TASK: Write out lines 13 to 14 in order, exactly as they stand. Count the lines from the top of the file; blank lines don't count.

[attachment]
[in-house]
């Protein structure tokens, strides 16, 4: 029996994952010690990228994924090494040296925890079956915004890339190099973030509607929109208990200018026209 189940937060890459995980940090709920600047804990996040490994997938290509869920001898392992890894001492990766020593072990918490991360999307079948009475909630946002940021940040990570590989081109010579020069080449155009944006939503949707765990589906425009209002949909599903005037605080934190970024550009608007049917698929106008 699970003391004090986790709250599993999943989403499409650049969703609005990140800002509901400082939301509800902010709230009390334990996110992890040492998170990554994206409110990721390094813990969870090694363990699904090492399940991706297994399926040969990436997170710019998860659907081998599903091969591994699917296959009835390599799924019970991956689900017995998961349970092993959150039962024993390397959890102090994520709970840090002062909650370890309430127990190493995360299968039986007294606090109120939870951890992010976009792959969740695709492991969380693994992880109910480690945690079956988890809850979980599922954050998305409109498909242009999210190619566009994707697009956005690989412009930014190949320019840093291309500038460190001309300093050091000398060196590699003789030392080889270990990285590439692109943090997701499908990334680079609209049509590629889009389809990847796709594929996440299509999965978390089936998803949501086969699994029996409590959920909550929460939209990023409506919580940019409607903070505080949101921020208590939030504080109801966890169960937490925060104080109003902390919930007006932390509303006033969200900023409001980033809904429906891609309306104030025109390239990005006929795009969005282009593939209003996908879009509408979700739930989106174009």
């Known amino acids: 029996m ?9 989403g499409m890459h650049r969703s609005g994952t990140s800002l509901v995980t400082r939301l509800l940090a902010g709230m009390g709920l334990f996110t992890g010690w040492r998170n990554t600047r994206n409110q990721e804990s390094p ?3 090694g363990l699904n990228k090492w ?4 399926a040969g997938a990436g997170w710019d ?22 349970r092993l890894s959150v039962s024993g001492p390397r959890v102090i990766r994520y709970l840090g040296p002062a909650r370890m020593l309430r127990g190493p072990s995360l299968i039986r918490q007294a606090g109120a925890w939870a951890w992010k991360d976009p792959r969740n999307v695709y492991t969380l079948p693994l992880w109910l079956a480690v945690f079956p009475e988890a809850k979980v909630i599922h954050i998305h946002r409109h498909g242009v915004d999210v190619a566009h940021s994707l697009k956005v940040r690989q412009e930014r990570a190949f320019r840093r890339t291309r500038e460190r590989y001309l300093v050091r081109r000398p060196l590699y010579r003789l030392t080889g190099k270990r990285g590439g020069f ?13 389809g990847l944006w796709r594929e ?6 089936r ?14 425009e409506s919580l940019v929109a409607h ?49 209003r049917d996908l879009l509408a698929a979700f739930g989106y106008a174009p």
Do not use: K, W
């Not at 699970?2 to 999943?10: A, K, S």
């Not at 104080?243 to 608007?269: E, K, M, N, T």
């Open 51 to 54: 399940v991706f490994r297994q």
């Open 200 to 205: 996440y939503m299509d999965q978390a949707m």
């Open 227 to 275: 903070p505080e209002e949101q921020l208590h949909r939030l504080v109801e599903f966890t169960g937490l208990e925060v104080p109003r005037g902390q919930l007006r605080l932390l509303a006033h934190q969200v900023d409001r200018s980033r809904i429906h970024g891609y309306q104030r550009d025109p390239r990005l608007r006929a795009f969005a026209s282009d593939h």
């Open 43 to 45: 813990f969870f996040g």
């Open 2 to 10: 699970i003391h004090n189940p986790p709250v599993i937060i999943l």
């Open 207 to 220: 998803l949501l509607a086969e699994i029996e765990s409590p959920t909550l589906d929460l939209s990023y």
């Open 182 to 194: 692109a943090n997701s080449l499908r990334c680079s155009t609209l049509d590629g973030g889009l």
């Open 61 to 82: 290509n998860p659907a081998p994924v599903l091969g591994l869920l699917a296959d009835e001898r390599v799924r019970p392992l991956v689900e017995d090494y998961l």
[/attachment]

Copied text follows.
């Open 182 to 194: 692109a943090n997701s080449l499908r990334c680079s155009t609209l049509d590629g973030g889009l």
């Open 61 to 82: 290509n998860p659907a081998p994924v599903l091969g591994l869920l699917a296959d009835e001898r390599v799924r019970p392992l991956v689900e017995d090494y998961l």